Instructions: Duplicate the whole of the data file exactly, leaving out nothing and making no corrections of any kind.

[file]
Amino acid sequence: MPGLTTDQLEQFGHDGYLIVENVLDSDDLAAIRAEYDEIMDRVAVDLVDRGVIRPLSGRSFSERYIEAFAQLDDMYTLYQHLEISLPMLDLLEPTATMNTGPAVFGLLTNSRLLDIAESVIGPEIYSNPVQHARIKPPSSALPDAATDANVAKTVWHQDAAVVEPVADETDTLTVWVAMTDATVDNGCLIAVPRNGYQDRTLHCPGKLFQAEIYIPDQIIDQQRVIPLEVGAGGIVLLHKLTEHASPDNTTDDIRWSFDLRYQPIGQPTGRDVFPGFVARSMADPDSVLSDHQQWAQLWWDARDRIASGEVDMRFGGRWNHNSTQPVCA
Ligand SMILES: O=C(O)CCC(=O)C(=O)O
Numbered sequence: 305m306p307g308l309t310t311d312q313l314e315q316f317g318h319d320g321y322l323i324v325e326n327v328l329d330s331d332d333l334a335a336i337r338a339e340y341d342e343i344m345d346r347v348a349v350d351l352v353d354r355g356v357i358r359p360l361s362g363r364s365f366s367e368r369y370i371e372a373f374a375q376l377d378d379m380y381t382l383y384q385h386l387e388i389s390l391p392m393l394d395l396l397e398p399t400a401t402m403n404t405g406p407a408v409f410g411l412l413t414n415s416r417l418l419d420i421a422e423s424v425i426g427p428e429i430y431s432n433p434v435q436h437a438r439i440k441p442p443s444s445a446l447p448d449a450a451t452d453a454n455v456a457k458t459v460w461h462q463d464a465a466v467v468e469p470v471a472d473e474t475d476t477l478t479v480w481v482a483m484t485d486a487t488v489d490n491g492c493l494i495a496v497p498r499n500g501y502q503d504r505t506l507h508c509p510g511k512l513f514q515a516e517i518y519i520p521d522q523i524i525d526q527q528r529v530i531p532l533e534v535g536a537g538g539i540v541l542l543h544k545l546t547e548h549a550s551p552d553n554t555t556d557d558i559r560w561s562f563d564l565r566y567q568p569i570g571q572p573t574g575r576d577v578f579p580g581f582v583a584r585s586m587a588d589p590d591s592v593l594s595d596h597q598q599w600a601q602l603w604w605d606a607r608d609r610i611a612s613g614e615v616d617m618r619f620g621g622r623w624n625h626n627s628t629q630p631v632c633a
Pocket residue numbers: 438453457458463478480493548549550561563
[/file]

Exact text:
Amino acid sequence: MPGLTTDQLEQFGHDGYLIVENVLDSDDLAAIRAEYDEIMDRVAVDLVDRGVIRPLSGRSFSERYIEAFAQLDDMYTLYQHLEISLPMLDLLEPTATMNTGPAVFGLLTNSRLLDIAESVIGPEIYSNPVQHARIKPPSSALPDAATDANVAKTVWHQDAAVVEPVADETDTLTVWVAMTDATVDNGCLIAVPRNGYQDRTLHCPGKLFQAEIYIPDQIIDQQRVIPLEVGAGGIVLLHKLTEHASPDNTTDDIRWSFDLRYQPIGQPTGRDVFPGFVARSMADPDSVLSDHQQWAQLWWDARDRIASGEVDMRFGGRWNHNSTQPVCA
Ligand SMILES: O=C(O)CCC(=O)C(=O)O
Numbered sequence: 305m306p307g308l309t310t311d312q313l314e315q316f317g318h319d320g321y322l323i324v325e326n327v328l329d330s331d332d333l334a335a336i337r338a339e340y341d342e343i344m345d346r347v348a349v350d351l352v353d354r355g356v357i358r359p360l361s362g363r364s365f366s367e368r369y370i371e372a373f374a375q376l377d378d379m380y381t382l383y384q385h386l387e388i389s390l391p392m393l394d395l396l397e398p399t400a401t402m403n404t405g406p407a408v409f410g411l412l413t414n415s416r417l418l419d420i421a422e423s424v425i426g427p428e429i430y431s432n433p434v435q436h437a438r439i440k441p442p443s444s445a446l447p448d449a450a451t452d453a454n455v456a457k458t459v460w461h462q463d464a465a466v467v468e469p470v471a472d473e474t475d476t477l478t479v480w481v482a483m484t485d486a487t488v489d490n491g492c493l494i495a496v497p498r499n500g501y502q503d504r505t506l507h508c509p510g511k512l513f514q515a516e517i518y519i520p521d522q523i524i525d526q527q528r529v530i531p532l533e534v535g536a537g538g539i540v541l542l543h544k545l546t547e548h549a550s551p552d553n554t555t556d557d558i559r560w561s562f563d564l565r566y567q568p569i570g571q572p573t574g575r576d577v578f579p580g581f582v583a584r585s586m587a588d589p590d591s592v593l594s595d596h597q598q599w600a601q602l603w604w605d606a607r608d609r610i611a612s613g614e615v616d617m618r619f620g621g622r623w624n625h626n627s628t629q630p631v632c633a
Pocket residue numbers: 438453457458463478480493548549550561563